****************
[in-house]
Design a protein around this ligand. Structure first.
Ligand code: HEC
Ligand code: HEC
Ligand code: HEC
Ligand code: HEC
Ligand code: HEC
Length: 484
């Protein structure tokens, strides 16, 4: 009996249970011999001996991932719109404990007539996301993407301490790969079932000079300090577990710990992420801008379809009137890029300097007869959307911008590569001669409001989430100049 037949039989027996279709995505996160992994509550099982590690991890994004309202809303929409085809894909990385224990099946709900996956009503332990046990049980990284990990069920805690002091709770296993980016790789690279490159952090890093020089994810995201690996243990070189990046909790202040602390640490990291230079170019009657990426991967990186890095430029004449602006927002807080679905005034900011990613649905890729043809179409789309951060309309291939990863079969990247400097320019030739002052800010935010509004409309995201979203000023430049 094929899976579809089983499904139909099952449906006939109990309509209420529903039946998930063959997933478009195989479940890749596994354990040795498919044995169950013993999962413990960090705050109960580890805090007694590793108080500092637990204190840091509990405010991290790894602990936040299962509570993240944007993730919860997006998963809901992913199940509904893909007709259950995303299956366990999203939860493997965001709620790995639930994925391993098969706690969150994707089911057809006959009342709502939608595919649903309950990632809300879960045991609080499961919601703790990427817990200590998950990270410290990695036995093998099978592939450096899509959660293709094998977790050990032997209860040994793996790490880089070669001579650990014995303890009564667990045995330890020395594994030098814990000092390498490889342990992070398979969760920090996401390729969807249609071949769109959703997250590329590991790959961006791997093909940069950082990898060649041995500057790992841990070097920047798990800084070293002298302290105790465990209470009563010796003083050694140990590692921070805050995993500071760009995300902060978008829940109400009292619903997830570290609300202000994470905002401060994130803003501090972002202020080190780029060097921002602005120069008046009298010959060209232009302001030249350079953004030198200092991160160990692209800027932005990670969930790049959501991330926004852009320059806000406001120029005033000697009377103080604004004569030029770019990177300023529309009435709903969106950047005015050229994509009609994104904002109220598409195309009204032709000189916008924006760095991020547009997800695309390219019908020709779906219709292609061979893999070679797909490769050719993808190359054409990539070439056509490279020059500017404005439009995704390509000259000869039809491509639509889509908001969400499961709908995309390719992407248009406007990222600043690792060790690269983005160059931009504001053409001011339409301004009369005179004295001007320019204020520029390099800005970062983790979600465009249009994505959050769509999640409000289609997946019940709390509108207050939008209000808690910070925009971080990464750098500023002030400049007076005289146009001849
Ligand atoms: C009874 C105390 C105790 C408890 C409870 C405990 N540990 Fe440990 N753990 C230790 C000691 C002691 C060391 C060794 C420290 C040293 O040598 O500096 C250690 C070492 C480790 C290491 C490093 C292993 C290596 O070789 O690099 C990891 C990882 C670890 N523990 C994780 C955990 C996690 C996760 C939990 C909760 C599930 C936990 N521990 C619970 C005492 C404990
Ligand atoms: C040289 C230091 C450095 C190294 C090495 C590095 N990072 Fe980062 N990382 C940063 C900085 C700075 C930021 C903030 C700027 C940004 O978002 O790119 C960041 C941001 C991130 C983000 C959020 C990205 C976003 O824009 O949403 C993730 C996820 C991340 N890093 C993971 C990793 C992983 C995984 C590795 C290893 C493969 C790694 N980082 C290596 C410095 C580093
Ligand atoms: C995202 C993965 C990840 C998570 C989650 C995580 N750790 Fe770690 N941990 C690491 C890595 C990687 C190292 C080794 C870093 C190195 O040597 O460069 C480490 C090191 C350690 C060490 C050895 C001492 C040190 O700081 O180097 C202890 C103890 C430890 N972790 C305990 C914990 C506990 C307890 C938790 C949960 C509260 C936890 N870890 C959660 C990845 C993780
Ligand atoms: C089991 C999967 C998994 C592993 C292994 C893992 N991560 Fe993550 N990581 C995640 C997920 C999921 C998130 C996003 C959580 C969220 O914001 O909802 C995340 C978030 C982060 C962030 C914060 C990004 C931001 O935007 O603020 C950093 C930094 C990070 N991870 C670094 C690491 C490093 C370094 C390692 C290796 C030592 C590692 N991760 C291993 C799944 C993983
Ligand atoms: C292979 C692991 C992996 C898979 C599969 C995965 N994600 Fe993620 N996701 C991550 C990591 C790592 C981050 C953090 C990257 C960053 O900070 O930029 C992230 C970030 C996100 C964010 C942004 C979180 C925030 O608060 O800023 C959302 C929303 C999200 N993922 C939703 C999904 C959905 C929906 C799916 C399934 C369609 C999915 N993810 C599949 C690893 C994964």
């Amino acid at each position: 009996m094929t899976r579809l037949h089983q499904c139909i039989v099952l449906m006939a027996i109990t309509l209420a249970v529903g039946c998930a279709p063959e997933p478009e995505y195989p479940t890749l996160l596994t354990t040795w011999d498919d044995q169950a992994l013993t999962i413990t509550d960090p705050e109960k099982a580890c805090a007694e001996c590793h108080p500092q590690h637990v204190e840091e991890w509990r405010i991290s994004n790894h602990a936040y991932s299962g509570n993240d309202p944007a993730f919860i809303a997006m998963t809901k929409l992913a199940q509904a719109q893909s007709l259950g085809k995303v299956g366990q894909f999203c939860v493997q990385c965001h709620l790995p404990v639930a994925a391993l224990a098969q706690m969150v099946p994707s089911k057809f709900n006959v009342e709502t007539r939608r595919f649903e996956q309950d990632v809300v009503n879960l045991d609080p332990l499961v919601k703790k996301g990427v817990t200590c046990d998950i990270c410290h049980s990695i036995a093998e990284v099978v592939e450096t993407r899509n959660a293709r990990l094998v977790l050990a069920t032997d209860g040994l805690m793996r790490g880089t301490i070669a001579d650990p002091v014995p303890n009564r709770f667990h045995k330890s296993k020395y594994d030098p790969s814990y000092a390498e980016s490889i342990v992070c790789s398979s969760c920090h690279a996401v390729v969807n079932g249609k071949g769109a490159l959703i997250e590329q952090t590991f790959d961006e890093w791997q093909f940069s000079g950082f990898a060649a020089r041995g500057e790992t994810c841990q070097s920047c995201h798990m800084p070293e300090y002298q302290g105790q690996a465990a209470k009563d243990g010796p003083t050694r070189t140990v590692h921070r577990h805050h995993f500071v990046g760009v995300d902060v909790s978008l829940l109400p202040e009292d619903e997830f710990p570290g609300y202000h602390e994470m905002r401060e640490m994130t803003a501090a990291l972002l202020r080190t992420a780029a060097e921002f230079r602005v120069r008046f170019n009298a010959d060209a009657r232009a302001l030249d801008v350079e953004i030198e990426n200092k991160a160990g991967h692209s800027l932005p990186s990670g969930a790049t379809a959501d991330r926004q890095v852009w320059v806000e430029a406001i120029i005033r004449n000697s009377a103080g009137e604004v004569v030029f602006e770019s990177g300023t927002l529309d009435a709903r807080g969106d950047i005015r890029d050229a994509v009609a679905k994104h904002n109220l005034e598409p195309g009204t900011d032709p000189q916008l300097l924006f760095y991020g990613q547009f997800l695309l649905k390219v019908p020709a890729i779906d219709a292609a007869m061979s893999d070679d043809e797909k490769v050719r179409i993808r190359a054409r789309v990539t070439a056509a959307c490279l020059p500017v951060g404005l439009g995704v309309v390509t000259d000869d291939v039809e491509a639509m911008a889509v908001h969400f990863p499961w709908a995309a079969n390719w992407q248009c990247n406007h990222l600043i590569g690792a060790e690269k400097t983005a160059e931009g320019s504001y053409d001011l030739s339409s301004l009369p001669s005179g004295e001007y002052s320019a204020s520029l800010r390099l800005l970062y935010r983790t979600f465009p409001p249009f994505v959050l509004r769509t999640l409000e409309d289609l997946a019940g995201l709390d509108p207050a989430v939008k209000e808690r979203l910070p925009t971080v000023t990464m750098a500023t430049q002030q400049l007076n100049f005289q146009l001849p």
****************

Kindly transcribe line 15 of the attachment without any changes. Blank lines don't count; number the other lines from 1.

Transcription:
């Amino acid at each position: 009996m094929t899976r579809l037949h089983q499904c139909i039989v099952l449906m006939a027996i109990t309509l209420a249970v529903g039946c998930a279709p063959e997933p478009e995505y195989p479940t890749l996160l596994t354990t040795w011999d498919d044995q169950a992994l013993t999962i413990t509550d960090p705050e109960k099982a580890c805090a007694e001996c590793h108080p500092q590690h637990v204190e840091e991890w509990r405010i991290s994004n790894h602990a936040y991932s299962g509570n993240d309202p944007a993730f919860i809303a997006m998963t809901k929409l992913a199940q509904a719109q893909s007709l259950g085809k995303v299956g366990q894909f999203c939860v493997q990385c965001h709620l790995p404990v639930a994925a391993l224990a098969q706690m969150v099946p994707s089911k057809f709900n006959v009342e709502t007539r939608r595919f649903e996956q309950d990632v809300v009503n879960l045991d609080p332990l499961v919601k703790k996301g990427v817990t200590c046990d998950i990270c410290h049980s990695i036995a093998e990284v099978v592939e450096t993407r899509n959660a293709r990990l094998v977790l050990a069920t032997d209860g040994l805690m793996r790490g880089t301490i070669a001579d650990p002091v014995p303890n009564r709770f667990h045995k330890s296993k020395y594994d030098p790969s814990y000092a390498e980016s490889i342990v992070c790789s398979s969760c920090h690279a996401v390729v969807n079932g249609k071949g769109a490159l959703i997250e590329q952090t590991f790959d961006e890093w791997q093909f940069s000079g950082f990898a060649a020089r041995g500057e790992t994810c841990q070097s920047c995201h798990m800084p070293e300090y002298q302290g105790q690996a465990a209470k009563d243990g010796p003083t050694r070189t140990v590692h921070r577990h805050h995993f500071v990046g760009v995300d902060v909790s978008l829940l109400p202040e009292d619903e997830f710990p570290g609300y202000h602390e994470m905002r401060e640490m994130t803003a501090a990291l972002l202020r080190t992420a780029a060097e921002f230079r602005v120069r008046f170019n009298a010959d060209a009657r232009a302001l030249d801008v350079e953004i030198e990426n200092k991160a160990g991967h692209s800027l932005p990186s990670g969930a790049t379809a959501d991330r926004q890095v852009w320059v806000e430029a406001i120029i005033r004449n000697s009377a103080g009137e604004v004569v030029f602006e770019s990177g300023t927002l529309d009435a709903r807080g969106d950047i005015r890029d050229a994509v009609a679905k994104h904002n109220l005034e598409p195309g009204t900011d032709p000189q916008l300097l924006f760095y991020g990613q547009f997800l695309l649905k390219v019908p020709a890729i779906d219709a292609a007869m061979s893999d070679d043809e797909k490769v050719r179409i993808r190359a054409r789309v990539t070439a056509a959307c490279l020059p500017v951060g404005l439009g995704v309309v390509t000259d000869d291939v039809e491509a639509m911008a889509v908001h969400f990863p499961w709908a995309a079969n390719w992407q248009c990247n406007h990222l600043i590569g690792a060790e690269k400097t983005a160059e931009g320019s504001y053409d001011l030739s339409s301004l009369p001669s005179g004295e001007y002052s320019a204020s520029l800010r390099l800005l970062y935010r983790t979600f465009p409001p249009f994505v959050l509004r769509t999640l409000e409309d289609l997946a019940g995201l709390d509108p207050a989430v939008k209000e808690r979203l910070p925009t971080v000023t990464m750098a500023t430049q002030q400049l007076n100049f005289q146009l001849p």